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As NBA Finals start, Warriors fight claims of ticket monopoly

More than 19,500 people piled into Oakland, California's Oracle Arena to watch Stephen Curry and the Golden State Warriors, on average, every game this season. And now those very popular tickets have become the focus of a lawsuit.

Stephen Curry of the Golden State Warriors
Getty Images
Stephen Curry of the Golden State Warriors

The National Basketball Association's best team can expect to draw droves of fans when it tips off against LeBron James and the Cleveland Cavaliers in Game 1 of the NBA Finals on Thursday night.

But the Warriors' brass has come under fire for how its tickets—some of the most popular in the league—are sold. EBay-owned resale ticket site StubHub alleged in a lawsuit earlier this year that the Warriors and Live Nation-owned Ticketmaster have locked up a "monopoly" on the team's primary and secondary ticket sales. (Tweet this)

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Ticketmaster and the Warriors filed motions to dismiss the complaint late last month. The Warriors say their system—which directs buyers to Ticketmaster—protects fans by ensuring that tickets are not counterfeit.

A hearing next month will help determine if the lawsuit moves forward.

"There's no competition, because a party has monopoly power," said Ali Keegan, chief counsel for StubHub. "We're saying that they're tying the primary and secondary market together. It's anti-competitive and puts higher prices on consumers."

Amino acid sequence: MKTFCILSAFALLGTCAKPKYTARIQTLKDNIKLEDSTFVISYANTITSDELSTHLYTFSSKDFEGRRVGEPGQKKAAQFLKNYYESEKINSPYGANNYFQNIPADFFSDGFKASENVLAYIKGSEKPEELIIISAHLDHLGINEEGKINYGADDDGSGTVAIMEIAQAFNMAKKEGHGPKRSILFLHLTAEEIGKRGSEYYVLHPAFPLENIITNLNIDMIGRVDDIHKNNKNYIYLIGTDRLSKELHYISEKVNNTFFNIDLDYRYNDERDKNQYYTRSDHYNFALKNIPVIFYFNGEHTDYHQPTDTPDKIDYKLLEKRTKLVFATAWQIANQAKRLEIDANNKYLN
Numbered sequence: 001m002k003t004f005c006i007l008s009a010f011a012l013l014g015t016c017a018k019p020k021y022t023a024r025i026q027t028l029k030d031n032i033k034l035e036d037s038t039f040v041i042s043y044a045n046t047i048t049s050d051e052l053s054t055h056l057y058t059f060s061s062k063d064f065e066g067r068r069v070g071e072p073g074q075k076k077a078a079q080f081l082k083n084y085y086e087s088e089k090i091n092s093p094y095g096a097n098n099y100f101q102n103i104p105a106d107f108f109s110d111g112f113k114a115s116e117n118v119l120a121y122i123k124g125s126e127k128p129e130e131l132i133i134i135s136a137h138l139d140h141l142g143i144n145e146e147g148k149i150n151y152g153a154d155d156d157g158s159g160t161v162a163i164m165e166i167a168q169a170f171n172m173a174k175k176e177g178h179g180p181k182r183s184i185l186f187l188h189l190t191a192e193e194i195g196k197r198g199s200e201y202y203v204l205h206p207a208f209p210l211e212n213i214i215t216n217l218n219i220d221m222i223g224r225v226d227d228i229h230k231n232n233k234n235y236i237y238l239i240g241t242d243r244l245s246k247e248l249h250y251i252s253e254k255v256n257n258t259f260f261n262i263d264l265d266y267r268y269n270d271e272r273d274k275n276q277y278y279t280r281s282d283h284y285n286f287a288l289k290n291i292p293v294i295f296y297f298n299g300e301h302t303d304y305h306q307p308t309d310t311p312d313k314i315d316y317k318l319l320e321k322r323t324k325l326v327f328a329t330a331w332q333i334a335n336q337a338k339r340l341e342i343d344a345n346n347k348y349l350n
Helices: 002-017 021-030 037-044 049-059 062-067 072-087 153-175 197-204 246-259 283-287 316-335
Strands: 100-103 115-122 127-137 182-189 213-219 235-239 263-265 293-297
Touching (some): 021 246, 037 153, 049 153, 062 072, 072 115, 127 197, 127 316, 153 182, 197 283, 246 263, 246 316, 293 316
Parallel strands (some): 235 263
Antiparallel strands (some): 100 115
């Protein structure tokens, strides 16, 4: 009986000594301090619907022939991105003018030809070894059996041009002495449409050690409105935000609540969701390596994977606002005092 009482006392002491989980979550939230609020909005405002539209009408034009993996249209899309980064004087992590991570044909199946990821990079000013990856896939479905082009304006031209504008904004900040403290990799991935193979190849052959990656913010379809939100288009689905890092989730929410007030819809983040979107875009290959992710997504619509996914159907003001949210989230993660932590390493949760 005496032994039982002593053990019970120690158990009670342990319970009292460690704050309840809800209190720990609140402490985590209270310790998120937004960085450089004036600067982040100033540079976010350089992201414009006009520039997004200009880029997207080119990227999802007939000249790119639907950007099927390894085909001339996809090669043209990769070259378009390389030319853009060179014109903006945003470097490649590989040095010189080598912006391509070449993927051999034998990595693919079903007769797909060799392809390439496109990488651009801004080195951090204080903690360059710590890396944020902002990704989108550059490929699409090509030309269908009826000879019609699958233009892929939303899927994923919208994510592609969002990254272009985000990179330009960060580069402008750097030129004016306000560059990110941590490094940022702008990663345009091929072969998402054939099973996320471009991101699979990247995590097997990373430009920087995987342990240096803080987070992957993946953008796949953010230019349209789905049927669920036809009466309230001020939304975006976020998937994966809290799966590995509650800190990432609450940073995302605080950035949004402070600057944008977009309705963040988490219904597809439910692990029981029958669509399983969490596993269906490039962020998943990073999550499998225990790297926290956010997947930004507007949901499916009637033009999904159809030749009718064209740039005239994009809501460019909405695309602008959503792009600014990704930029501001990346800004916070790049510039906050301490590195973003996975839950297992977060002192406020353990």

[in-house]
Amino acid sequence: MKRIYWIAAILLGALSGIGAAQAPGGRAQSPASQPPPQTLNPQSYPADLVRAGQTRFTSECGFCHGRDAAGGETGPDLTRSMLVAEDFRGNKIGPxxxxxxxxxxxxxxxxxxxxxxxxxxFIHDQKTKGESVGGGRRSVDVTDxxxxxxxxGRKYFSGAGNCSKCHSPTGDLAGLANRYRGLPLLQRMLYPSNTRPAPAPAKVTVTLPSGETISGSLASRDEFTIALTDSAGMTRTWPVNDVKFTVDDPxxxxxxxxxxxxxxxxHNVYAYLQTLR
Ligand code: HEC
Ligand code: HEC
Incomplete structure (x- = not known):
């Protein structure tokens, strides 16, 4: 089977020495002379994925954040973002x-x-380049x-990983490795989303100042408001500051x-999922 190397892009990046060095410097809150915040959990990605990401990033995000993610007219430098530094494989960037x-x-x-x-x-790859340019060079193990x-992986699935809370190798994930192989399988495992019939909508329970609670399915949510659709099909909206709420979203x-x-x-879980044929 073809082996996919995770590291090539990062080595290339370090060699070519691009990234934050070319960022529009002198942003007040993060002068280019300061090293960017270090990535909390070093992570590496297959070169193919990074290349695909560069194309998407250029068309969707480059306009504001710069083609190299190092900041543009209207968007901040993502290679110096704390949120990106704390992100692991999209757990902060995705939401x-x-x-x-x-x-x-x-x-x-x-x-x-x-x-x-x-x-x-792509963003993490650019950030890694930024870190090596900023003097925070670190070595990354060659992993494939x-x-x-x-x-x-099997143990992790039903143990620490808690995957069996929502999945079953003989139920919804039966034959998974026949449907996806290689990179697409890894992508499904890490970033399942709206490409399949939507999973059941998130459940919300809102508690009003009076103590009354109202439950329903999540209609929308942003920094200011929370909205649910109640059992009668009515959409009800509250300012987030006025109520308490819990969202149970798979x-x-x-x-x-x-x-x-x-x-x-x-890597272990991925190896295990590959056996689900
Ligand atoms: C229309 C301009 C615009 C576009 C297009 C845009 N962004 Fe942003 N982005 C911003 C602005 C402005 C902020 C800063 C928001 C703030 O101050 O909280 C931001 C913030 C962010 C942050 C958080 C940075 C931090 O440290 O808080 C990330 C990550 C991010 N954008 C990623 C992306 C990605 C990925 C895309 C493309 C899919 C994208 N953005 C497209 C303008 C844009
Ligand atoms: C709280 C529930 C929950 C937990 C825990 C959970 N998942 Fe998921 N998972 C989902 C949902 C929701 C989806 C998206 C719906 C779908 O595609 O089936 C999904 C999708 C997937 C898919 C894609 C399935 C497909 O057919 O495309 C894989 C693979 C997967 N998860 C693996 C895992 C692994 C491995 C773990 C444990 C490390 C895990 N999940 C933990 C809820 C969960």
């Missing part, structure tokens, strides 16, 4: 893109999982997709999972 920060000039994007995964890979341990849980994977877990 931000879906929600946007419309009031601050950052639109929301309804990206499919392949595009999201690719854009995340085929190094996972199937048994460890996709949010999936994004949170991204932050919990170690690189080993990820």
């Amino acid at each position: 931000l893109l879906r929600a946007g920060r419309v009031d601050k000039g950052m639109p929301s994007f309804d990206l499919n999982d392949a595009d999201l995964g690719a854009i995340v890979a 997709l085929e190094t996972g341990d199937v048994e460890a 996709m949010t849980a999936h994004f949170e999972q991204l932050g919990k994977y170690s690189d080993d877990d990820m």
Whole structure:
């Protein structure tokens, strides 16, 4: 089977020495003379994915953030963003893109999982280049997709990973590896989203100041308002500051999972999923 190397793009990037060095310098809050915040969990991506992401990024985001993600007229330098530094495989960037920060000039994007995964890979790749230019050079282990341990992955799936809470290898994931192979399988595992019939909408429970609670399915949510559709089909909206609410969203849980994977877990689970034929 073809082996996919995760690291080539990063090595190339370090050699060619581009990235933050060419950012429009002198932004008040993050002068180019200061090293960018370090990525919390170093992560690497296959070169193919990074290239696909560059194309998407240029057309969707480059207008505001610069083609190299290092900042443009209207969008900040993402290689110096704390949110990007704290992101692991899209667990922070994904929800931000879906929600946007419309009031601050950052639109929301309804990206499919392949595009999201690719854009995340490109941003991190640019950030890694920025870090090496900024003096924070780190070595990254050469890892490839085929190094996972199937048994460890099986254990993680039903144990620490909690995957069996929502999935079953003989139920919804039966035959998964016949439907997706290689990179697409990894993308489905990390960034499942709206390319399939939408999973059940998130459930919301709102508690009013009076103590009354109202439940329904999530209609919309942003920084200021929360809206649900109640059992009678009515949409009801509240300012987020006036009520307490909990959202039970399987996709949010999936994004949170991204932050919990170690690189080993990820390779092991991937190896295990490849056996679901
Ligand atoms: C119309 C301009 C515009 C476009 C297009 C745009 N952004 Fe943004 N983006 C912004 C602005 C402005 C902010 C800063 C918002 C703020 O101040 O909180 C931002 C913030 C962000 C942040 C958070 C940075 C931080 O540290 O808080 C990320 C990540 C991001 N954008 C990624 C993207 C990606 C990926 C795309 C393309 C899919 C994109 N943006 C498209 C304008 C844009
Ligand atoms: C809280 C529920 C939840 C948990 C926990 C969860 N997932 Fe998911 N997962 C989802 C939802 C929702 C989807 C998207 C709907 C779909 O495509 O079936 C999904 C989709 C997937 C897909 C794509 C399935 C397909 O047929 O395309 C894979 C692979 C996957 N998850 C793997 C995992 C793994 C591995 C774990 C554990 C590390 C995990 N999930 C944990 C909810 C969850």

The complaint comes as Ticketmaster makes competitive gains in the resale market, where StubHub is currently the biggest player. While primary tickets remain Ticketmaster's biggest business, its secondary ticket transactions volume grew by 55 percent last year, according to Live Nation's 2014 annual report.

Though the current case could potentially hold implications for ticket buyers, StubHub will likely find it hard to prove a monopoly, said Marc Edelman, an associate professor of law at Baruch College who consults on sports antitrust law.

"The antitrust claim overall seems like a very difficult one for StubHub to win," Edelman said.

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Many sports franchises, including the Cleveland Cavaliers, recommend that fans resell tickets on a particular platform to ensure validity. StubHub's complaint revolves around an assertion that the Warriors revoked or threatened to revoke some season ticket rights because sellers used a resale platform that competes with Ticketmaster.

In a statement to CNBC, the Warriors said they chose not to renew season tickets for some brokers whose "sole intent" was to resell them at a higher price. Those tickets went to fans who had been on a wait list.

StubHub contends that the Warriors threatened would-be sellers, causing its ticket inventory for the team's games to drop by 80 percent from last season to this season.

Ticketmaster declined to comment. In its motion to dismiss the lawsuit, Ticketmaster decried StubHub's claims that a monopoly could exist for only one team's tickets. Ticketmaster noted in the motion that the Warriors only represent a "sliver" of StubHub's business.

A quick look at NBA Finals tickets available for resale indicates that Ticketmaster holds more inventory.

As of Thursday morning, Ticketmaster had 901 Game 1 tickets for sale, while 542 were listed on Stubhub. That supply advantage held up for Sunday's Game 2, as Ticketmaster had about 2,664 tickets on sale compared with StubHub's roughly 1,244.

The cheapest Game 1 ticket at both sites was listed at $699.